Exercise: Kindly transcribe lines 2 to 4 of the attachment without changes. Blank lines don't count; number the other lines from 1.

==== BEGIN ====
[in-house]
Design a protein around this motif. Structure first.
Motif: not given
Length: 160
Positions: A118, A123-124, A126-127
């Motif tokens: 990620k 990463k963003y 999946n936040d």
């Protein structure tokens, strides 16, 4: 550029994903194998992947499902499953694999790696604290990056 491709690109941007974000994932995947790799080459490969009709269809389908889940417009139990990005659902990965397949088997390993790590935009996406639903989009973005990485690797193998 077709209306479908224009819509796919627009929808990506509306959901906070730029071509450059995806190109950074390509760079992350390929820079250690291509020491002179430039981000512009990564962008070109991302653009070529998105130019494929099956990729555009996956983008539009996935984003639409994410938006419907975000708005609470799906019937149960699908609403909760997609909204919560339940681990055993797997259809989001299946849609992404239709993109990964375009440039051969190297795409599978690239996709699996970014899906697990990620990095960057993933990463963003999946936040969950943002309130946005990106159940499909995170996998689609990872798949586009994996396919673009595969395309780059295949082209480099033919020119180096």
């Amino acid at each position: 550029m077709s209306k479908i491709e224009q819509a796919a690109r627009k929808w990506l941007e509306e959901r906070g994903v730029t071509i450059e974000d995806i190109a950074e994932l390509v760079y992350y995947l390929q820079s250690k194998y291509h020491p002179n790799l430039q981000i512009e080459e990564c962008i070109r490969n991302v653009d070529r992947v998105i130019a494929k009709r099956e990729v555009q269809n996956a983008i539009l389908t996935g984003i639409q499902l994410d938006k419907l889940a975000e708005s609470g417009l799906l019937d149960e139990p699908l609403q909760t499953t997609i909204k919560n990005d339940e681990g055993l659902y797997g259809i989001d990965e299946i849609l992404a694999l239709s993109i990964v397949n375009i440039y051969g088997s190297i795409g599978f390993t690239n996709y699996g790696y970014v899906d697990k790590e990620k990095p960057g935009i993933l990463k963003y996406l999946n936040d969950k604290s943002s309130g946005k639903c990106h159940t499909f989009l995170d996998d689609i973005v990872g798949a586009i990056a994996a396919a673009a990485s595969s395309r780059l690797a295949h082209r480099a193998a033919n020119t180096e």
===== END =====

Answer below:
Design a protein around this motif. Structure first.
Motif: not given
Length: 160